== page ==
• With $1 billion AUM, Facet is less established than some other firms.

Best for choosing your own advisor: Edward Jones

Edward Jones Financial Advisor

Fees

0.09% to 0.19% annual portfolio strategy fee, plus annual program fee of 1.35% or less

Account minimum

Starting at $25,000 depending on asset types

Assets under management

$1.6 trillion

These days, much of financial advising is done remotely either by phone or video call. But for those looking for in-person meetings, Edward Jones is a valuable exception to the rule. With a large network of offices across the country, Edward Jones helps you match with a financial advisor near you or you can choose your own if there’s someone specific you want to work with.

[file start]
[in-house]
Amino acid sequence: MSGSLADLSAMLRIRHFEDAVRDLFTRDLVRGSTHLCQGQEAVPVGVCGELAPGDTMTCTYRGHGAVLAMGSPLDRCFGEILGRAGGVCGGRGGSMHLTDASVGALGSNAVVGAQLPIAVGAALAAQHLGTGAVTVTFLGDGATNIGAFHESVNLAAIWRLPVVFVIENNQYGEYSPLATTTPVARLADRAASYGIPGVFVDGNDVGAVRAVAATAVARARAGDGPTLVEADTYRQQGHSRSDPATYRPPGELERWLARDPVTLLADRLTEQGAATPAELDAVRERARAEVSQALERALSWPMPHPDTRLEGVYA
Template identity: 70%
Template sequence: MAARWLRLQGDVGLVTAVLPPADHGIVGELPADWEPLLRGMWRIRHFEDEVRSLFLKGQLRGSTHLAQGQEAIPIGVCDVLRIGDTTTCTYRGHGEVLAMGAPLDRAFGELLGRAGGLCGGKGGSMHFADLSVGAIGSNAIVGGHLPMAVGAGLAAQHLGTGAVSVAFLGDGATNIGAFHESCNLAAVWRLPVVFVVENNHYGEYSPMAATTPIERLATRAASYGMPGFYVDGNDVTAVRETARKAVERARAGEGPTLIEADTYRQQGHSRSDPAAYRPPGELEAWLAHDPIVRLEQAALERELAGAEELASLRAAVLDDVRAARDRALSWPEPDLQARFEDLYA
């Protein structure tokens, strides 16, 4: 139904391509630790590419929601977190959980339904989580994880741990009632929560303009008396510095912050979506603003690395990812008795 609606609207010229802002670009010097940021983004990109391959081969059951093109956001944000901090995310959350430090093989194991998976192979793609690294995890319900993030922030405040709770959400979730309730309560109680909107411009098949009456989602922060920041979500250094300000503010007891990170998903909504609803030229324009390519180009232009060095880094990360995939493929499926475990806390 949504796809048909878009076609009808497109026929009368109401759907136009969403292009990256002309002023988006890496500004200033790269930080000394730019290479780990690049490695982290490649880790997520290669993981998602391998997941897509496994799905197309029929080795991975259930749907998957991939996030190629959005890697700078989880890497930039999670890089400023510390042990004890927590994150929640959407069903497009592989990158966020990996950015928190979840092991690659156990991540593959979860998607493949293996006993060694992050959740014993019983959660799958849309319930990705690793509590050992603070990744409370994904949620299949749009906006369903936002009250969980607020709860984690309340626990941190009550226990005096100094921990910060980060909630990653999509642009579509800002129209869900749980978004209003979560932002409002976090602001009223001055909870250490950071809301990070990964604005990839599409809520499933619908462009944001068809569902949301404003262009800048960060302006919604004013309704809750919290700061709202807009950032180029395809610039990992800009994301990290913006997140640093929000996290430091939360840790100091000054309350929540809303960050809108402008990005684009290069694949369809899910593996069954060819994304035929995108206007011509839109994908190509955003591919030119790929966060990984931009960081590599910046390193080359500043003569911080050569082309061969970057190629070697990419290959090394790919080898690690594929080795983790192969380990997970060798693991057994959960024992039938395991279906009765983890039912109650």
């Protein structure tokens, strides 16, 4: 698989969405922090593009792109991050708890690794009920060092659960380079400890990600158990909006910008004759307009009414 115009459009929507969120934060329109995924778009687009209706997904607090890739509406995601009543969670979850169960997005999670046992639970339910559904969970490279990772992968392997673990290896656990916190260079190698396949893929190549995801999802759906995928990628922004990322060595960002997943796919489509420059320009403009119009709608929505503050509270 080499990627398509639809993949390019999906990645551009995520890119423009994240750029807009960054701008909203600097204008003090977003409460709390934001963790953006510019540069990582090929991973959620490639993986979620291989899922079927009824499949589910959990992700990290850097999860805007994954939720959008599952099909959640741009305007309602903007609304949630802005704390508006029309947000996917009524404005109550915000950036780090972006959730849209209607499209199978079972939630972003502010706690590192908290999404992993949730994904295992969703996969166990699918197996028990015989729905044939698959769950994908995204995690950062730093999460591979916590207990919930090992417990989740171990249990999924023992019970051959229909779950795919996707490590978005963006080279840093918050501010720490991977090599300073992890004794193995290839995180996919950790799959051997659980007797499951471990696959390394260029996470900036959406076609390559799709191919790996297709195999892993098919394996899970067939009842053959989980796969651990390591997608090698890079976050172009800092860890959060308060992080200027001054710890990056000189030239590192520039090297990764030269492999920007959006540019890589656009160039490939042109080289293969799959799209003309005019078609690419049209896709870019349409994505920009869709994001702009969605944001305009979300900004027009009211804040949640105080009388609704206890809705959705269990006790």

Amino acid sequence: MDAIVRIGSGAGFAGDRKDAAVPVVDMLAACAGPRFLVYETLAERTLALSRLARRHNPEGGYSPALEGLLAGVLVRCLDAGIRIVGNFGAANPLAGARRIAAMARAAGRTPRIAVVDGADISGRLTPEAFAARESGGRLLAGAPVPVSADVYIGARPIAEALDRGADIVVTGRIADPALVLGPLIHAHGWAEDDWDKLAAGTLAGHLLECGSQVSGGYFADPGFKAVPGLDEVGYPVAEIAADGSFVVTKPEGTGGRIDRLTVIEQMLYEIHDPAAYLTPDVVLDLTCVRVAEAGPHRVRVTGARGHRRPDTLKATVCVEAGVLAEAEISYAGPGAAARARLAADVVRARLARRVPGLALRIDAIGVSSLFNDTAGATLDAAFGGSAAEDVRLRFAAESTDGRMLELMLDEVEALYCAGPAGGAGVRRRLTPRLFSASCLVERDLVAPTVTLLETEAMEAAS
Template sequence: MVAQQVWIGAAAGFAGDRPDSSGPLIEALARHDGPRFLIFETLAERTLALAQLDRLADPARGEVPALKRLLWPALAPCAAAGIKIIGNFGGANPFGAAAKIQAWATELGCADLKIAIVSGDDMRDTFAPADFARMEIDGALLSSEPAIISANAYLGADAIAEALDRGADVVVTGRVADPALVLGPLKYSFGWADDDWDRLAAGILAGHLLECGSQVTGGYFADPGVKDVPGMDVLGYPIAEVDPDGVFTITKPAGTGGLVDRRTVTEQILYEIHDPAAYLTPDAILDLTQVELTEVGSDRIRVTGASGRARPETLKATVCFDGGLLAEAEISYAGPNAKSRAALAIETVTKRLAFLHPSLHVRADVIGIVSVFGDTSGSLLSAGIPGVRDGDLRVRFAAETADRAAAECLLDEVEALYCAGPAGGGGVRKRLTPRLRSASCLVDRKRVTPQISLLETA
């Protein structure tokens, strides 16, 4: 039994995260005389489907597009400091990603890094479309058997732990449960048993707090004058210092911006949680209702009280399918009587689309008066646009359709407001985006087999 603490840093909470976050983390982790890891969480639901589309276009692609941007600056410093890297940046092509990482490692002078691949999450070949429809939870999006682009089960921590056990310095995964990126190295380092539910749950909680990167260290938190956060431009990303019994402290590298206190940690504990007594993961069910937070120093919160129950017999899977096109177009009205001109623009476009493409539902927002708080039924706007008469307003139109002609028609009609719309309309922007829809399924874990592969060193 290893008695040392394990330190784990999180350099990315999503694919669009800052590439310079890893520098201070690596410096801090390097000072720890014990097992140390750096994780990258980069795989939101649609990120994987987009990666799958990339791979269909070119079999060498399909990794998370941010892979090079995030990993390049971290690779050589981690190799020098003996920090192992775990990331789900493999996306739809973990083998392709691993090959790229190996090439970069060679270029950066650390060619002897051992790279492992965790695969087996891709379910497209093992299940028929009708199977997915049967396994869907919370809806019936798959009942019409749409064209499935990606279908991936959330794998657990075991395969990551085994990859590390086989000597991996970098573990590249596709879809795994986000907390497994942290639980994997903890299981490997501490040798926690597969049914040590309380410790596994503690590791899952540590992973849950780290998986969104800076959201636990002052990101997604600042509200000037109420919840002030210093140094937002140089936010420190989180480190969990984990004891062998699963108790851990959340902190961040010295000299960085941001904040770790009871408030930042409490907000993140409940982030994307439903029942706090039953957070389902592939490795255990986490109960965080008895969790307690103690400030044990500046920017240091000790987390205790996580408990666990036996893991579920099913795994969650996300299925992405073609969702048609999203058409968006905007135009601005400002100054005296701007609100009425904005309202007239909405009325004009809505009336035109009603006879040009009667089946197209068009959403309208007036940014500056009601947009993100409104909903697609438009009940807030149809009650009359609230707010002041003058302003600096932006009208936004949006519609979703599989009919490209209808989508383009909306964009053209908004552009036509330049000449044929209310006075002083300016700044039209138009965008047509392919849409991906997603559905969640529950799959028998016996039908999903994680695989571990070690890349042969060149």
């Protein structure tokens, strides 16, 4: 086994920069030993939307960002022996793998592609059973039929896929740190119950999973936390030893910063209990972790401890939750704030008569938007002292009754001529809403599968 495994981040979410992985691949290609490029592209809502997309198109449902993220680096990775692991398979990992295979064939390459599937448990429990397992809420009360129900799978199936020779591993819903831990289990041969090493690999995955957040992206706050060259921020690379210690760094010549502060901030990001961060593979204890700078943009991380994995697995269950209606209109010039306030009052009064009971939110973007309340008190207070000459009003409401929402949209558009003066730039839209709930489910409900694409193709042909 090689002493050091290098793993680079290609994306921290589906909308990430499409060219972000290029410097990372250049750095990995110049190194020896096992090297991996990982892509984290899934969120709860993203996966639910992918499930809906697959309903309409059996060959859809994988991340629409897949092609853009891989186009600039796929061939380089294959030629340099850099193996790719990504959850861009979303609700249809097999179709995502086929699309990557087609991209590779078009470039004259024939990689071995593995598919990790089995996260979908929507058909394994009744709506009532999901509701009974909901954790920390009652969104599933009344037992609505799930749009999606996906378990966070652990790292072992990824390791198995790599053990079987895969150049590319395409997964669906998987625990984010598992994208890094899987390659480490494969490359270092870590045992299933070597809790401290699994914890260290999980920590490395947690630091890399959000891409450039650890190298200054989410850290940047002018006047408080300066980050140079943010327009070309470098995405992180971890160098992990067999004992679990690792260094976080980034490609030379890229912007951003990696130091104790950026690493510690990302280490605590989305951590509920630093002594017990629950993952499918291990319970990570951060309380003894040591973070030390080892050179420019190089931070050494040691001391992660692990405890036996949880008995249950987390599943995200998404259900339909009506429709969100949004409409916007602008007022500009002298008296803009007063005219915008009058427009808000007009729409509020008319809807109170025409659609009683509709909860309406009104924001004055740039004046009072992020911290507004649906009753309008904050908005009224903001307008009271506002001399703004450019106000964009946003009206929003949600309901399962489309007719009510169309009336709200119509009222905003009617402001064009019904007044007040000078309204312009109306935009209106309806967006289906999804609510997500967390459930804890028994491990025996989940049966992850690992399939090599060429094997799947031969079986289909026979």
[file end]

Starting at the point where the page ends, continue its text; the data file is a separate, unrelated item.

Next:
Pros:

  • Offices across the country allow you to have an in-the-flesh relationship with your financial advisor.
  • Advising available at a relatively low $25,000 threshold, depending on the types of assets you wish to invest in.

Cons:

  • A fee schedule including an annual program fee of up to 1.35% is costlier than many online brokers.
  • Despite an A rating with the BBB, customer service reviews are mixed.

Methodology

We reviewed seven of the most popular firms offering financial advisory services, assessing factors including available services, fees, implemented tax efficiency strategies, customer service reputation, total assets under management, and more. We then chose advisor services for specific categories of client need and benefit. We focused on well-known online brokers, not including smaller, local firms. Our list is not comprehensive or exhaustive, and available services and fees may change at any time.